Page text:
New research just released in the September issue of Plant Disease suggests that weeds commonly found in California’s wine country may enable the spread of Pierce’s disease of grapes, one of the most destructive plant diseases affecting grapes.
Pierce’s disease is caused by Xylella fastidiosa, a bacterium transmitted by sharpshooters and spittlebugs. In response to outbreaks of Pierce’s disease in central California, plant pathologists studied 29 weed species commonly found in California’s San Joaquin Valley to see if the bacterium could survive on the weeds. Perennials and known feeding and breeding hosts of the glassy-winged sharpshooter were tested first, then plants particularly abundant in or near vineyards.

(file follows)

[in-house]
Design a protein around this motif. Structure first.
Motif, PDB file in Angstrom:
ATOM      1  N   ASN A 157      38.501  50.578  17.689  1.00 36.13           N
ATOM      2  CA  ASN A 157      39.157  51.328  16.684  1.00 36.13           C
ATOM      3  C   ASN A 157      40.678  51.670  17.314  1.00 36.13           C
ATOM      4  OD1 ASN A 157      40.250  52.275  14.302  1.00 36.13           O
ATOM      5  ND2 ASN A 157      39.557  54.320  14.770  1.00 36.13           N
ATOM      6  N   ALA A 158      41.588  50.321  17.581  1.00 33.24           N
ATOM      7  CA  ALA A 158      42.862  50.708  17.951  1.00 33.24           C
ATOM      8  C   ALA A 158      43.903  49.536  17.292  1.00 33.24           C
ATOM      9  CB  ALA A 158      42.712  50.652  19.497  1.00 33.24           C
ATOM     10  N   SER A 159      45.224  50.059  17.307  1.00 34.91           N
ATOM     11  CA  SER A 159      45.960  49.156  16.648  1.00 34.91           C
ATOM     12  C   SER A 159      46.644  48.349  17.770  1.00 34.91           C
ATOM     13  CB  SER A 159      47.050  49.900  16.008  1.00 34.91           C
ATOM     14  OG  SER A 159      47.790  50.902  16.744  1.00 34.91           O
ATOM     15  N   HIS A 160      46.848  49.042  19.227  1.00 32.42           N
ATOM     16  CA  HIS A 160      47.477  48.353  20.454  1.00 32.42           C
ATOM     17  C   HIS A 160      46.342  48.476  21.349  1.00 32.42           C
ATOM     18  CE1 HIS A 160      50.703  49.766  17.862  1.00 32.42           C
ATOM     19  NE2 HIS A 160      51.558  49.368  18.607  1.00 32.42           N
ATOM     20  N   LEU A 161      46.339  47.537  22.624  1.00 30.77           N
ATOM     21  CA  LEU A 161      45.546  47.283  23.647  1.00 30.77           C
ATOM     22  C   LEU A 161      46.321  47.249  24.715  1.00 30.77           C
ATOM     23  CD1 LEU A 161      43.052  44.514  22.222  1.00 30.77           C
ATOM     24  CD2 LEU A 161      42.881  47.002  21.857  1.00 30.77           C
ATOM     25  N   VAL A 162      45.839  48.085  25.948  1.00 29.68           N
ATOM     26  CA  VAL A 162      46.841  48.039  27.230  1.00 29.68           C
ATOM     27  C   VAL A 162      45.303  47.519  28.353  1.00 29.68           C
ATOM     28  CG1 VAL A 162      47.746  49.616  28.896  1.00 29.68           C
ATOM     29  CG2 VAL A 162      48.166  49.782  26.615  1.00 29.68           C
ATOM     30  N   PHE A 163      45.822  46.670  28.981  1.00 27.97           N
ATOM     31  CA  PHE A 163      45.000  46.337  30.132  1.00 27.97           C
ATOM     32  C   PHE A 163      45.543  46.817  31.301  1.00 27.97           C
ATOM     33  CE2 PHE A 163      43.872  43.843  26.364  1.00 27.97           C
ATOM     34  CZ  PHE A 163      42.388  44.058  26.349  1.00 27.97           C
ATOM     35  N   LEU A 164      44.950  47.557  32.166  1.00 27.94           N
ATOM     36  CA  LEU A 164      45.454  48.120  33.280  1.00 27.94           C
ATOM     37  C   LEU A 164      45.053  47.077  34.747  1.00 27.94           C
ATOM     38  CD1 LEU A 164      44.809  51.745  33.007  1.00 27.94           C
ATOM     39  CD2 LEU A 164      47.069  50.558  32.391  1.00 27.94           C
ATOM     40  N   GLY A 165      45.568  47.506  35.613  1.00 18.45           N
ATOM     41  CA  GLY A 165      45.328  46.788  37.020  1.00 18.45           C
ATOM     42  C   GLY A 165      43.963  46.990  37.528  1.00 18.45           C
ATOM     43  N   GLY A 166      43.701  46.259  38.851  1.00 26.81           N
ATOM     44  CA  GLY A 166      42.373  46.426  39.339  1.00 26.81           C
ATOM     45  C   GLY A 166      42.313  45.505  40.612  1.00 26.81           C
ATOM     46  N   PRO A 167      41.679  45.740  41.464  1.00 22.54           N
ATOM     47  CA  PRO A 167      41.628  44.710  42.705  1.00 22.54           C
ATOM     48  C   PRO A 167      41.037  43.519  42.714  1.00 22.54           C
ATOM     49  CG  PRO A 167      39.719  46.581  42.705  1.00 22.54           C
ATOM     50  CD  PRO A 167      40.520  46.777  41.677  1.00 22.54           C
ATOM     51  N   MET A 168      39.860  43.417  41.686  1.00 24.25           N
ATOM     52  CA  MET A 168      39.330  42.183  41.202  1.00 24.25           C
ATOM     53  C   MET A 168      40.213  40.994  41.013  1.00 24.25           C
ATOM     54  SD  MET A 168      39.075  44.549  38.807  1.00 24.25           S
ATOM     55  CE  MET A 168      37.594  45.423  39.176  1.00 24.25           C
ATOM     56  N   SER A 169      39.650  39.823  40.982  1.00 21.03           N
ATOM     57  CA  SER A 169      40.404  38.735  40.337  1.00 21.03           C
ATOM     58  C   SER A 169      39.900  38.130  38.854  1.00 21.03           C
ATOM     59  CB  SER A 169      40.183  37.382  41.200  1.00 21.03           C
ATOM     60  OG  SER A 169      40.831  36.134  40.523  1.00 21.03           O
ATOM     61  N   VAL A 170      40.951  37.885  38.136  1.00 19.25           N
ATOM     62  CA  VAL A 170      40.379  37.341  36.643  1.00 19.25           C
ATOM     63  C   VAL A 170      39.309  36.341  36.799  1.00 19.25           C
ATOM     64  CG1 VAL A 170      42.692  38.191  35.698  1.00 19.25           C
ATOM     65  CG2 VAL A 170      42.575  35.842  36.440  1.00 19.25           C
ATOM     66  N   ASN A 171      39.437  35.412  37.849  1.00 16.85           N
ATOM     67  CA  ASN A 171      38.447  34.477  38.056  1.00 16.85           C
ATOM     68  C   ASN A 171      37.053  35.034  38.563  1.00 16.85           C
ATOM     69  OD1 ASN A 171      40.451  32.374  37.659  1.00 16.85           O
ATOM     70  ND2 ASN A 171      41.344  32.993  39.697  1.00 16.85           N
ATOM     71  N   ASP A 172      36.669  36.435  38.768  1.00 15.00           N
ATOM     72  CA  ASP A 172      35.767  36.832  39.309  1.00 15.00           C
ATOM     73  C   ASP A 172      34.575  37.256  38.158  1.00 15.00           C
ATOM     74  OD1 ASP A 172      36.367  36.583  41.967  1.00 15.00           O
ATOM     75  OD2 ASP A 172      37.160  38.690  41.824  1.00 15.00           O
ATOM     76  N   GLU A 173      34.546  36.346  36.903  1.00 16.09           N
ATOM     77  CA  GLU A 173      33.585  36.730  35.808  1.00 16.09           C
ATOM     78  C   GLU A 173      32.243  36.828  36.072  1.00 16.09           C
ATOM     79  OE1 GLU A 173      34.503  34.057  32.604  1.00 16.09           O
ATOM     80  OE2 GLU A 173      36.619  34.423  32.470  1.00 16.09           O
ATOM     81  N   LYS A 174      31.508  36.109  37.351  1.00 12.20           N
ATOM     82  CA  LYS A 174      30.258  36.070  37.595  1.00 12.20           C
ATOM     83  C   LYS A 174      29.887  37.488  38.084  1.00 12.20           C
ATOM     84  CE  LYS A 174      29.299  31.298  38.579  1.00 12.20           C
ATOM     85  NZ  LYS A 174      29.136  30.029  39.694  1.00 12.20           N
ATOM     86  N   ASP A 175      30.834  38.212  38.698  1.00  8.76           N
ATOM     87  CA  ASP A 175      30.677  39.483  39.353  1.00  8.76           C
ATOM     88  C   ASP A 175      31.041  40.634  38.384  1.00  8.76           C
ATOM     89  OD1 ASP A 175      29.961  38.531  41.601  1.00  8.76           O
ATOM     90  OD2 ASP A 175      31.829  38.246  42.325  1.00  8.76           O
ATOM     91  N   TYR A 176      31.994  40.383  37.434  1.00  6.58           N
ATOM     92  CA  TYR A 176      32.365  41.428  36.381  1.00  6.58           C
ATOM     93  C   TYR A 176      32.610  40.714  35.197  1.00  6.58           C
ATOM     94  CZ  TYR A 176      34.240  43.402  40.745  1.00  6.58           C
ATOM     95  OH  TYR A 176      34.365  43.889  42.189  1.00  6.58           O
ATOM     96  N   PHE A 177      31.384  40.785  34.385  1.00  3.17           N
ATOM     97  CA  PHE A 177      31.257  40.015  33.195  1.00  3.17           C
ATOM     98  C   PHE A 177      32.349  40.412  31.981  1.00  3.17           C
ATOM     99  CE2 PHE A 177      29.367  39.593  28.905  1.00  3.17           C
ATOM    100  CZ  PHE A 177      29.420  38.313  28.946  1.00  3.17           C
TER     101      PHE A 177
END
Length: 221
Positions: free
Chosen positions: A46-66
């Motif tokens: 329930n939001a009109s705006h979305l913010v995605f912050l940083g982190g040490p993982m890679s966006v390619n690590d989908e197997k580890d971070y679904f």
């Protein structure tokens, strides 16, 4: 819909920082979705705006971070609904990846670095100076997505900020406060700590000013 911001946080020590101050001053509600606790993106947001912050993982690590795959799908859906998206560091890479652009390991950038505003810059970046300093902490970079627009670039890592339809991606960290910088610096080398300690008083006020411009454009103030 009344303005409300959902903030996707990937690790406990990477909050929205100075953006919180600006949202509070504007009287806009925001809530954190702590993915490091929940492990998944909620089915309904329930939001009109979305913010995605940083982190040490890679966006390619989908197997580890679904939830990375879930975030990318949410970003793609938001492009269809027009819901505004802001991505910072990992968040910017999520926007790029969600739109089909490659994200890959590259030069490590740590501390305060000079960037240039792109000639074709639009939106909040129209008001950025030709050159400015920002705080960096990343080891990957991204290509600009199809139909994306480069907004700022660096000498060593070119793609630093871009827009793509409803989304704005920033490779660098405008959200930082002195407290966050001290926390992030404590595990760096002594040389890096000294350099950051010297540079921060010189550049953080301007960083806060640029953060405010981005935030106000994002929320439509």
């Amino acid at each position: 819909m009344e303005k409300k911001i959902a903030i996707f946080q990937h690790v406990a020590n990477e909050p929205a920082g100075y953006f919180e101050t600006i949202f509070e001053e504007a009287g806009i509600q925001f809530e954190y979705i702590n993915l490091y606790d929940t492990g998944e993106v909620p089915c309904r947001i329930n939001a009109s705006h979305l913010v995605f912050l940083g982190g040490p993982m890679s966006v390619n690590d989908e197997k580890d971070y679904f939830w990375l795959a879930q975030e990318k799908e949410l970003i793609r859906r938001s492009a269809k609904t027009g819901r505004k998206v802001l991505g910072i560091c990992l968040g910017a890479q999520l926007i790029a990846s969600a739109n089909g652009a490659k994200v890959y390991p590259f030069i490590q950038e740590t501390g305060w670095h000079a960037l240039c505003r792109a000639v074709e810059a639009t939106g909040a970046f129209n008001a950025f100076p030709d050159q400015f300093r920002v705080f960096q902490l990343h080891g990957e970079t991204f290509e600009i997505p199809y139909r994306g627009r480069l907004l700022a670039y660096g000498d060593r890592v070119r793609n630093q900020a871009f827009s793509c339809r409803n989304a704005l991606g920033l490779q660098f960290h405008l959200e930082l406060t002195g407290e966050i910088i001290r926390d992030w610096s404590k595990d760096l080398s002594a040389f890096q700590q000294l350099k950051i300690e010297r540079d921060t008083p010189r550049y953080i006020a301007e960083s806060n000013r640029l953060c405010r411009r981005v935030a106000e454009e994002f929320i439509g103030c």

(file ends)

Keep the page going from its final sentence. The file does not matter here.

"Our objectives were to determine the fate of Pierce’s disease infections in previously untested plant species associated with southern San Joaquin Valley vineyards, and compare survival of the infections in selected field and greenhouse-grown plants," said Christina Wistrom, staff research associate in the Department of Environmental Science, Policy and Management, University of California, Berkeley, CA.
Amy Steigman | EurekAlert!
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